Keen to explore Canada’s real estate market? Now might just be the right time. If you’re already familiar with Canada’s real estate market, then you know that the market is one of the healthiest in this region. Even better, foreign ownership of property in Canada isn’t as complicated as you might imagine.
Overseas buyers looking for a stake in this market triple every year because of the favorable business, working, and living environments, defined by low-interest rates, strong regional economy, political stability, ever-declining unemployment rates, among other factors.
Clearly, you’ve got a dozen reasons not to pass up an opportunity to own property here, but before you dive in head first, you should learn a thing or two about the Canadian tax obligations and more about the intricacies of the market itself.
First off, let’s answer a few critical questions about foreign rental income tax in Canada.
Does Your Residency Status Affect Your Tax Obligations?
The answer is yes. Canada tax on foreign rental income bases most of its elements on residency status. As a non-resident, you are subject to the Part XIII or Part I tax categories, plus the Non-Resident Speculation Tax (NRST) which is usually 15% of the purchase price of all homes within the Greater Horseshoe Region (CGH).
It’s not always simple to determine your residency status. For example, a foreign entity would still count as a non-resident. But if you are a non-resident married to a Canadian citizen, you may be exempt from NRST.
You may be Canadian, but if you don’t reside in the country for more than six months, the law identifies you as a non-resident and, therefore, you are subject to the same laws as the foreigners when it comes to tax (except the NRST).
Meanwhile, if your stay in Canada exceeds six months, you qualify for a residency permit, which will exempt you from the levy. And if you become a permanent resident, you qualify for a rebate. Immigrants and those with a student or work visa are also free from NRST.
Also, beware that if you purchase a property to rent out – and you have no intention to become a resident of this country – you may have to pay extra taxes.
It would be best to speak to a professional to learn more about your residency status and the foreign rental income tax rate in Canada.
What Kind Of Property Can You Buy?
You can buy condos, luxury homes, commercial properties, vineyards, equestrian farms, etc., so basically any type or number of property you want. There are relatively few restrictions. You would benefit a lot from the help of a professional property management company when it comes to going about this entire process right.
As a non-resident who owns and rents out their Canadian property, there is a 25% tax on the gross income of your property. This can be done through a withholding agent, who could be your tenant or property manager. At the end of each month, they’ll remit the tax to the Canada Revenue Agency and send you what’s left.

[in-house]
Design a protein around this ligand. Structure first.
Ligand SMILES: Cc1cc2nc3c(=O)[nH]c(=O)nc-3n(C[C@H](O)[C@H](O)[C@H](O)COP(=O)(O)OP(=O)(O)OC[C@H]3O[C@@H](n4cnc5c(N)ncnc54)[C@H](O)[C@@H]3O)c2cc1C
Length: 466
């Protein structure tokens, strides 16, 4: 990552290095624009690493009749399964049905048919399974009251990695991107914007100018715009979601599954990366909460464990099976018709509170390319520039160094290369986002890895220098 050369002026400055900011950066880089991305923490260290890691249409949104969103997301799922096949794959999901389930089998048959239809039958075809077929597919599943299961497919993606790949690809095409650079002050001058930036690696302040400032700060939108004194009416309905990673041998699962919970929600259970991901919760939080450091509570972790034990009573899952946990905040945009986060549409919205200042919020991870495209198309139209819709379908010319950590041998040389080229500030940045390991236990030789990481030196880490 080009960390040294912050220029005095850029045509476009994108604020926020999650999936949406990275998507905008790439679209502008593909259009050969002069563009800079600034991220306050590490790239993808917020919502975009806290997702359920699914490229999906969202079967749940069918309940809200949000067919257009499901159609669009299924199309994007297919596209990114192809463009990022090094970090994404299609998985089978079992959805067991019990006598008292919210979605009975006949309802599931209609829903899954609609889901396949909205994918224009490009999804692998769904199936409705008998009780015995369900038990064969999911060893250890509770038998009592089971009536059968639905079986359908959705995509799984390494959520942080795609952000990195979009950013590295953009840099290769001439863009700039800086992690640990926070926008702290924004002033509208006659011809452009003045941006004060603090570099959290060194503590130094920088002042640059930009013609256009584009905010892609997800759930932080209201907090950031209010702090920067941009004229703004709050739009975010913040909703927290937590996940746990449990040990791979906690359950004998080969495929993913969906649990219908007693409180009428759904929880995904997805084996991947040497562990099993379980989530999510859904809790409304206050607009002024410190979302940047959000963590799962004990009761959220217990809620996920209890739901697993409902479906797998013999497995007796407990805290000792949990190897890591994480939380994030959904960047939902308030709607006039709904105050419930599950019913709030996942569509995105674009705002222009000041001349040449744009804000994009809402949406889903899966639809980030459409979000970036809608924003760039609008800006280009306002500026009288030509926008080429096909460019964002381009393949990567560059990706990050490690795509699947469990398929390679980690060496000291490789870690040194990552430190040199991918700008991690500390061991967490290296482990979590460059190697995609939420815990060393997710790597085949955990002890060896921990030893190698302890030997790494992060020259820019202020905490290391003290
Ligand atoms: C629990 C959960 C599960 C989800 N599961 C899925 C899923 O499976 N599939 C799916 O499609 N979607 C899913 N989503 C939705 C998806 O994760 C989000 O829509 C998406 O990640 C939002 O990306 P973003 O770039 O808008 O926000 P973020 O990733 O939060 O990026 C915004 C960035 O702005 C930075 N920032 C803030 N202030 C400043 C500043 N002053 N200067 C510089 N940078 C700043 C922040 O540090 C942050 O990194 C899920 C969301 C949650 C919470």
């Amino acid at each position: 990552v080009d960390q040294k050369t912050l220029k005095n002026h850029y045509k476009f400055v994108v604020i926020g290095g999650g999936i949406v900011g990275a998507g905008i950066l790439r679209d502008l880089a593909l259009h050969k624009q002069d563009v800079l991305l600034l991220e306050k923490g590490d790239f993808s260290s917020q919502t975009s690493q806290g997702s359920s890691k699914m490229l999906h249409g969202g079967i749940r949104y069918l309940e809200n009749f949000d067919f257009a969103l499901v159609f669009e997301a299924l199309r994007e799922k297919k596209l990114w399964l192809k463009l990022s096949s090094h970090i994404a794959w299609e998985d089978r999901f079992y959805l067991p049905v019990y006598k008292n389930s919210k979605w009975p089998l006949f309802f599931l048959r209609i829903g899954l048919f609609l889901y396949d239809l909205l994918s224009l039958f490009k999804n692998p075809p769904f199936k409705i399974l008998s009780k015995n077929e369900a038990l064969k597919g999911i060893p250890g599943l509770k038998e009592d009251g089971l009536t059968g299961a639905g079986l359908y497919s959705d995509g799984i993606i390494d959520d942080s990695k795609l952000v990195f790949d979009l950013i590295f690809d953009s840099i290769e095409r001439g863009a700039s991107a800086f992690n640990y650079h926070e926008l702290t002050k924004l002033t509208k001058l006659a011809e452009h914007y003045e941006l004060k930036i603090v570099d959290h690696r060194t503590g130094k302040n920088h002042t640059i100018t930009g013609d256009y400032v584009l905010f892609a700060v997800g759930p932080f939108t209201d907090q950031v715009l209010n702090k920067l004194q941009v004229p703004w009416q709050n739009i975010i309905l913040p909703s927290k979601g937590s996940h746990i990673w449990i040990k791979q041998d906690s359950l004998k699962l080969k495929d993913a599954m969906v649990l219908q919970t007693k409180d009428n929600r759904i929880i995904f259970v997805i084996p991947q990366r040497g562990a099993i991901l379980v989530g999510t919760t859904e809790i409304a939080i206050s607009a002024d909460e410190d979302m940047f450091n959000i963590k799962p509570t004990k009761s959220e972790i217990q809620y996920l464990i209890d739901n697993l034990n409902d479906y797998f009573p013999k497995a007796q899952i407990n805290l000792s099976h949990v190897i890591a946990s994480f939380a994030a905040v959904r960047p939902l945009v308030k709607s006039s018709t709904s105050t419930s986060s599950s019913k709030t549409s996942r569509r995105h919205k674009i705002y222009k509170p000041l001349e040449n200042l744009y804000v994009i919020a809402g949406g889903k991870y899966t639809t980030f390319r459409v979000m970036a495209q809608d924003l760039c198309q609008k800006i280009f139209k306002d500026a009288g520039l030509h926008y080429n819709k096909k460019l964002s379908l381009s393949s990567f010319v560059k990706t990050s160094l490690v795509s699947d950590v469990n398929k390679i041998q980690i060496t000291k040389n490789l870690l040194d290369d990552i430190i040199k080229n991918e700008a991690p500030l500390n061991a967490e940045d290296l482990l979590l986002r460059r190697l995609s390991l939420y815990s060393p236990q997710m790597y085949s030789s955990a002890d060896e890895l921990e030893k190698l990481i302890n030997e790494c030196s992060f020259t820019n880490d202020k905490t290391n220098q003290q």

Type XIII Taxes
Income made from rental properties, together with that from other specific investments, are subjected to this tax category. Your tax obligation could end here or you can go ahead and file taxes with the revenue agency, through form T1158 (under section 216 of the Income Tax Act), and have your tax debt reduced by expenses. Some of the deductible expenses include:
- Capital cost allowance
- Administration and legal fees
- Office expenses
- Repair and maintenance
Here’s an example:
You own a property in Toronto whose rental income is $3,000 per month. Your yearly gross rent will be $36,000. Going by the 25% tax you are subjected to, your tax debt will be $9,000 and you’ll be left with $27,000. But if you incurred any of the deductible expenses mentioned above, it’s up to you to choose whether to elect to file your income via the form above.
As for the exact taxes you’ll pay, that will depend on the value of your property and its location. Also important to note is that electing to file under section 216 makes you liable to pay 48% surtax on your federal tax liability.
This form solves some of the complications presented by the tax reporting method above. Submitting it means you’ve undertaken to file your income tax return as a non-resident earning rental income from real or immovable property or timber royalty. Upon receiving the form, the agency will let your withholding agent file your monthly taxes based on the net amount as opposed to the gross income.
Only half of the capital gains you make will be taxed. The figure will be arrived at by deducting capital expenditures, the costs you incurred when you sold and purchased the property, and other costs related to upgrading or modifying the property.
Land Transfer Tax
Property bought in provinces like Toronto will be subjected to land transfer tax, which is the same as that paid by Canadian residents. However, if you are a first-time buyer and you plan to use the acquired property as your primary residence, you may be eligible for a rebate of the same.
Real Property Tax
Local governments usually levy a property tax. Each city/municipality has its own rate, which is based on the location of your property and its assessed value. You can later have this tax deducted from your rental income when submitting your tax report.
Getting that dream home or property in Canada is possible, and with very few restrictions to deal with, the only challenge is doing it right so as to avoid frustrations and unnecessary expenses. Where taxes are involved, consult with a tax professional or a professional company that helps with such processes to get much-needed help and guidance.
Also, you might want to buy the absolute best property around and learn as much as you can about the existing state of the real estate market and foreign rental income tax in Canada, and that’s where Buttonwood Property Management comes in. We’re able to help you navigate this process smoothly..